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Debt in the World’s Top Companies: A Tale of Two Capital Markets

Deloitte insights video podcast

Debt — and the inability to pay that debt — were the clots that caused the recent financial heart attack felt around the world. To better understand the global debt picture, Deloitte has surveyed more than 1,000 financial executives over the past four years. The study revealed a bifurcated landscape, a split between cash-rich businesses with opportunities ahead and small- and medium-sized companies that will have to contend with a more challenging environment.

Tune into this episode of Deloitte Insights to learn more about the study and how executives can get ahead of the curve.

Originally published: April, 2011.


Ajit Kambil, global research director, CFO Program, Deloitte LLP.
Rob Olsen, partner in Deloitte & Touche LLP and the global co-lead of Capital Advisory.


Sean O’Grady, Host, Deloitte Insights: 
Hello and welcome to Insights. Today, we are reviewing a study called the Tale of Two Capital Markets. It is an analysis of debt in the world’s top companies and it was developed by interviewing over 1,000 CFOs and financial executives over the past four years. We are joined in the studio today by one of the study’s authors, Dr. Ajit Kambil, the Global Research Director for the CFO Program at Deloitte Services LP. We are also joined by Rob Olsen, a Partner in Deloitte & Touche LLP and the Global Co-Lead of Capital Advisory. Gentlemen, thank you both for being here. Can you tell me why did you conduct this survey and what has it revealed about the economy in the global debt picture? Ajit?

Ajit Kambil: Well, about two years ago, we sort of went through a financial heart attack in the global economy and that was really caused by lot of debt and the inability to repay that debt. We also wanted to understand what does a debt picture look like globally since the credit crisis and what’s coming due and what we found is we still have a lot of debt coming due; about $11.5 trillion of debt coming due in the largest companies of the world in the next five years and that has to be dealt with.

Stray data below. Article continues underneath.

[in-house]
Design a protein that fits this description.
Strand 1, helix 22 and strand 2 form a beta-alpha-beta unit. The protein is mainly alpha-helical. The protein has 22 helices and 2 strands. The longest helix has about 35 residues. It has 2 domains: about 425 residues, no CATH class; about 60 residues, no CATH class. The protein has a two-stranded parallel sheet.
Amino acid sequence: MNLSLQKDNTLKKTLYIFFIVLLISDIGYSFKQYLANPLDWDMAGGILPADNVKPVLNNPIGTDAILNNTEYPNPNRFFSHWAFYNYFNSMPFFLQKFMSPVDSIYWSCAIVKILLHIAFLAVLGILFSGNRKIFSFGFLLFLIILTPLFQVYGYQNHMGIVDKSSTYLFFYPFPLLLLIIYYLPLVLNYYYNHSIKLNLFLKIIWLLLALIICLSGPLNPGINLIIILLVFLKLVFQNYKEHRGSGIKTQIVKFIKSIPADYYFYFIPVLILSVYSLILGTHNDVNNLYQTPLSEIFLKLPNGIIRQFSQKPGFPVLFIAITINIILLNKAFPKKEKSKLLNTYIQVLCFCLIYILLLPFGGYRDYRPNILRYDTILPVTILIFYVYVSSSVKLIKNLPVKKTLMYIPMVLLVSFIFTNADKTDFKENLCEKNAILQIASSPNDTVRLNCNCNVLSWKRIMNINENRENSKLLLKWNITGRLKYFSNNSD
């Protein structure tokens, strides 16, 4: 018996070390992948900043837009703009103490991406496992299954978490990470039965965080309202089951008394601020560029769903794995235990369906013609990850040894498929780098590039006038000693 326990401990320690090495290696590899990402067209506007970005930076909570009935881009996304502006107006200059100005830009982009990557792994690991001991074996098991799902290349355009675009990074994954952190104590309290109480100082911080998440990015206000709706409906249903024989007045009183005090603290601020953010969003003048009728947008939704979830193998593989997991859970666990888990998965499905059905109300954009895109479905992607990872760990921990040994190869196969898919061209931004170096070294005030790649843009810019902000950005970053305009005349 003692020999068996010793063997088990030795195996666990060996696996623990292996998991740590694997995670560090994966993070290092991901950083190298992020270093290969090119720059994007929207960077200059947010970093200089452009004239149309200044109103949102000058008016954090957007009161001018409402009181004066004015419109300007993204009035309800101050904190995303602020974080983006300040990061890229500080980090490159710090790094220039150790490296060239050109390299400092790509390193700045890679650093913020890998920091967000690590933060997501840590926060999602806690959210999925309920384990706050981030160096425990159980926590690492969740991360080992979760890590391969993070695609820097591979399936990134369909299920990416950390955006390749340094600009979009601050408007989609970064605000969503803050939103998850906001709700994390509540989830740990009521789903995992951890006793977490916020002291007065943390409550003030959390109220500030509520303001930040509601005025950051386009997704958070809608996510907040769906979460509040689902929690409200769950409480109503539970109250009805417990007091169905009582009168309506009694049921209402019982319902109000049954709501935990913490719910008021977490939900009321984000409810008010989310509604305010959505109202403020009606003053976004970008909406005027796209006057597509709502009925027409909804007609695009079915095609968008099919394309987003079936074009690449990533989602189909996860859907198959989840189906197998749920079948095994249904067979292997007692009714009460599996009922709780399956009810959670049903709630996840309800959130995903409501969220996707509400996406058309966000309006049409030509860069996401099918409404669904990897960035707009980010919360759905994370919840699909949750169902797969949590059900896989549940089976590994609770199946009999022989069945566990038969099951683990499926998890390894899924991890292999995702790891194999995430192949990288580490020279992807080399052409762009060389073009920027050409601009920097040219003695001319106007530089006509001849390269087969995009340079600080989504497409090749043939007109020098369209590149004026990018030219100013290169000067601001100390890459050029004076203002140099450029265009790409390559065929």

Sean O’Grady: And Rob your thoughts?

Rob Olsen: Yeah, in addition to the $11.5 trillion of debt, to me what is most surprising is how few CFOs actually recognize that there is a big problem out there. To me, $11.5 trillion of debt coming due over five years means availability of capital is going to be constrained, cost of capital is going to go up, but yet the CFOs across the globe, 50 Percent of them, think that raising financing over the next 12 months is going to be easier than it was this year and that to me is a surprise. The third kind of thing that is surprising to me or interesting about the survey is that there has been other work done or surveys done on the debt maturity wall, which is what often people call this and the feeling was the high-yield mark has been replacing much of this debt that is coming due and though all that is true, it is certainly not solving the problem, and that was the survey is really showing; debt is being replaced with another form of debt that has to mature and if we look over the next five years, there is still a significant amount of capital that is coming due and that is not going to change over a very long period of time. So, it is a really important consideration for companies to think about.

Sean O’Grady: Now, one of the things that I found interesting was that the studies reveal that there are 10 things that every C-Suite should know and one of them is that the maturity of corporate debt may make the availability in cost or capital a strategic variable. Rob, can you elaborate on that?